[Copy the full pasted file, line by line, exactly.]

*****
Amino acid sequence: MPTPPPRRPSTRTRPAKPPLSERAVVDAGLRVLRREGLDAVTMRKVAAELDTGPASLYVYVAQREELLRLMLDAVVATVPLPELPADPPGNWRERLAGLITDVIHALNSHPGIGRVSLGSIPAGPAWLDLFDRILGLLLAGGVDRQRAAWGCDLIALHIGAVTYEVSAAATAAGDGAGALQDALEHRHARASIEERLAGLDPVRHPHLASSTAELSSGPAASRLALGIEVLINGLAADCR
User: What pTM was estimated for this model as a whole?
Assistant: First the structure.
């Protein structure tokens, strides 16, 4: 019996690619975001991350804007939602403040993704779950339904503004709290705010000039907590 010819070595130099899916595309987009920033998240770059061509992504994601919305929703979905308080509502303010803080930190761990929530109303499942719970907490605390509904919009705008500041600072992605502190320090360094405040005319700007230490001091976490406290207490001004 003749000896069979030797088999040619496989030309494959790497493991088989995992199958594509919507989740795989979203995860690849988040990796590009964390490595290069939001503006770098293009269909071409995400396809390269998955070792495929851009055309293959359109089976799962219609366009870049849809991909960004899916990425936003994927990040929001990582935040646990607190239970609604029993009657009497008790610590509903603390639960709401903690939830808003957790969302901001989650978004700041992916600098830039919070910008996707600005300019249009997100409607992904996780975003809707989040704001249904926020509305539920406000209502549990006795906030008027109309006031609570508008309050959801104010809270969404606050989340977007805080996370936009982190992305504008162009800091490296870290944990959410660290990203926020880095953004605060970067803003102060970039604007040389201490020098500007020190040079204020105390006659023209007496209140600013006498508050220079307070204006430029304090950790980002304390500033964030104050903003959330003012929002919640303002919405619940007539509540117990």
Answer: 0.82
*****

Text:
Amino acid sequence: MPTPPPRRPSTRTRPAKPPLSERAVVDAGLRVLRREGLDAVTMRKVAAELDTGPASLYVYVAQREELLRLMLDAVVATVPLPELPADPPGNWRERLAGLITDVIHALNSHPGIGRVSLGSIPAGPAWLDLFDRILGLLLAGGVDRQRAAWGCDLIALHIGAVTYEVSAAATAAGDGAGALQDALEHRHARASIEERLAGLDPVRHPHLASSTAELSSGPAASRLALGIEVLINGLAADCR
User: What pTM was estimated for this model as a whole?
Assistant: First the structure.
């Protein structure tokens, strides 16, 4: 019996690619975001991350804007939602403040993704779950339904503004709290705010000039907590 010819070595130099899916595309987009920033998240770059061509992504994601919305929703979905308080509502303010803080930190761990929530109303499942719970907490605390509904919009705008500041600072992605502190320090360094405040005319700007230490001091976490406290207490001004 003749000896069979030797088999040619496989030309494959790497493991088989995992199958594509919507989740795989979203995860690849988040990796590009964390490595290069939001503006770098293009269909071409995400396809390269998955070792495929851009055309293959359109089976799962219609366009870049849809991909960004899916990425936003994927990040929001990582935040646990607190239970609604029993009657009497008790610590509903603390639960709401903690939830808003957790969302901001989650978004700041992916600098830039919070910008996707600005300019249009997100409607992904996780975003809707989040704001249904926020509305539920406000209502549990006795906030008027109309006031609570508008309050959801104010809270969404606050989340977007805080996370936009982190992305504008162009800091490296870290944990959410660290990203926020880095953004605060970067803003102060970039604007040389201490020098500007020190040079204020105390006659023209007496209140600013006498508050220079307070204006430029304090950790980002304390500033964030104050903003959330003012929002919640303002919405619940007539509540117990």
Answer: 0.82